28103790I have not been able to stop raving about this book since I read it back in April. I love World War II history, and this book taught me about a naval tragedy that I knew nothing about. In fact, it’s about the worst naval tragedy in history, more lives lost than the Titanic, and I had never heard of it! That in itself was pretty special, but what I really loved were the characters.

These characters were not your typical WWII story characters, they were German citizens, fleeing before the call for evacuation had been made. Because of this, they feared for their lives as it was considered treason to be fleeing against direct orders from the Fuhrer. Each character had a different reason for running, each had a secret, each were scared for their lives. I loved the hints, I loved the intrigue, I loved the storytelling, and I loved characters. As you can probably tell, this book has definitely found a place among my favourite books and I think everyone should read it.

Recommended for readers 13 and up!

Bookish Things

The book EVERYONE is talking about

33007030Goodnight Stories for Rebel Girls has certainly made waves in the literary world. I first heard about this book when Rebecca Sparrow attended the International Women’s Day Breakfast we hosted here in the iCentre and raved about this book! She did such a great job of selling it that almost all of the attendees wanted a copy! Since then I have purchased myself and copy and I absolutely adore it. I was so excited to learn that there was Volume 2 coming later this year!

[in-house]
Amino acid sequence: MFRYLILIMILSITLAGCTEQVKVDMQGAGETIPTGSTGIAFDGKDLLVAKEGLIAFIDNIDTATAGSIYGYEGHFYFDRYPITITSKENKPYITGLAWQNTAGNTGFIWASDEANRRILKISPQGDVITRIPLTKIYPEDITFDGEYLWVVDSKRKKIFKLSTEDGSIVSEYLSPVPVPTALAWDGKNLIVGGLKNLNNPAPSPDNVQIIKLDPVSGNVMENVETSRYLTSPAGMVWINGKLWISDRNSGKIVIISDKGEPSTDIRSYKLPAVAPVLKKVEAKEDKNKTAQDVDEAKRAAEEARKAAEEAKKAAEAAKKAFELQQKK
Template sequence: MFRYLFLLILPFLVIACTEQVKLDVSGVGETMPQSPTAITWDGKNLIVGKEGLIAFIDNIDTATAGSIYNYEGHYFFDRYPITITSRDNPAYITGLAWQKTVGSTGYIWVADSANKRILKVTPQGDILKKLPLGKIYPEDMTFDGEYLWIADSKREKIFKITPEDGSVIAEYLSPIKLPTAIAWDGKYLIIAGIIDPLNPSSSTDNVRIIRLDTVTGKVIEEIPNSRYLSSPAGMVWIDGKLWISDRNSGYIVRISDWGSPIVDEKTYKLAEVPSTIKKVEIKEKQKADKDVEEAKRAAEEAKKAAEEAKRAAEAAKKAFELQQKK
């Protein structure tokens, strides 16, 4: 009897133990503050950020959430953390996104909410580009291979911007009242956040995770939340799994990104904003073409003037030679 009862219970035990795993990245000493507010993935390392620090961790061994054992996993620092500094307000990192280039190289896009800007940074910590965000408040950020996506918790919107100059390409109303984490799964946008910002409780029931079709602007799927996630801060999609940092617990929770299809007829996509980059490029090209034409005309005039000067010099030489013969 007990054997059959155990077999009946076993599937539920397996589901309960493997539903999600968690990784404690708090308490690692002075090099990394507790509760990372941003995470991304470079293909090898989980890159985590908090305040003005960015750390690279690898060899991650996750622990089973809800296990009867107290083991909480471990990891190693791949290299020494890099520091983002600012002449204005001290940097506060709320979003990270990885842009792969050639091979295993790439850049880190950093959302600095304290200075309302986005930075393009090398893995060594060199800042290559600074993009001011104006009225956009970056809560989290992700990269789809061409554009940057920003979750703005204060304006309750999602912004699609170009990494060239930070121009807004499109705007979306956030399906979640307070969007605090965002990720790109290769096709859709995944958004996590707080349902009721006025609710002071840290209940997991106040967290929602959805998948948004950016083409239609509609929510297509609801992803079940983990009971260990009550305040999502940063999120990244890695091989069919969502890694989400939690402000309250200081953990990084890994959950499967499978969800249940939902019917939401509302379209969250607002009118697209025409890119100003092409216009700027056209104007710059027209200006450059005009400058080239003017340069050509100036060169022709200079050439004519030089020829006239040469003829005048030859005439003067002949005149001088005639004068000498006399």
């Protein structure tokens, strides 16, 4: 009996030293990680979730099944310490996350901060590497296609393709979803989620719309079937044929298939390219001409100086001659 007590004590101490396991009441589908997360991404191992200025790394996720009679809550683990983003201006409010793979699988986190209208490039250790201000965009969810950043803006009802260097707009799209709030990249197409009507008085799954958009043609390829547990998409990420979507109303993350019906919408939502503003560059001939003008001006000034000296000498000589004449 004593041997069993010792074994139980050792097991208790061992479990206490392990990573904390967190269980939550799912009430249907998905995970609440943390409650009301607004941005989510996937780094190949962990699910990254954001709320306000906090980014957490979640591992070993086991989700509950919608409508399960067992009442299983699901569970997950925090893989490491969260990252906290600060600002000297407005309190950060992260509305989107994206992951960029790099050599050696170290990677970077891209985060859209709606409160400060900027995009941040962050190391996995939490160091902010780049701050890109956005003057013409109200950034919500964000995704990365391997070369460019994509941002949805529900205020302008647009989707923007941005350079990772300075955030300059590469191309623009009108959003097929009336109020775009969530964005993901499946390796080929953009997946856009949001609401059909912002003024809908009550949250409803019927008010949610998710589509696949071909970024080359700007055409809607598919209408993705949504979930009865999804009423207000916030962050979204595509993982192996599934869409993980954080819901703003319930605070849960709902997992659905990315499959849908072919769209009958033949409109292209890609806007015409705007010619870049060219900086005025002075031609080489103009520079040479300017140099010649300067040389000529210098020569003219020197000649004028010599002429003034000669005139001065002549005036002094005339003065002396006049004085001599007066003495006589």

I thought I’d quickly share my reasons for why I love this book:

  • I am learning so many things that I have never even heard of! The number of women in here that I am learning about is amazing, and they are all so inspiring. One story in particular has made a massive impact on me. It’s the story of the teenage girl that designs and makes a torch that gives light by using body heat for power! I won’t tell you which extraordinary woman it is, you’ll have to get the book to find out for yourself!
  • I love the way that each story is a perfect short story. They are quick, full of facts, have a moral, are inspiring, and the artwork is divine!
  • There are so many different role models! From artists to astronauts, poets to pirates, the variety is astounding and I loved reading every short story. I loved that they broadened my mind, taught me something new, inspired me to do some research and learn more about these extraordinary women!

In my humble opinion, every person (not just girls/women) should read this. Its a fascinating insight into what these extraordinary women have achieved.

 

Bookish Things

Shatter Me -Mafi

Over the Christmas holidays I read the Shatter Me trilogy by Tahereh Mafi, and I fell in love with writing style and main character Juliette. The series itself goes in a direction I never would have picked and it only made me love it even more.

Synopsis: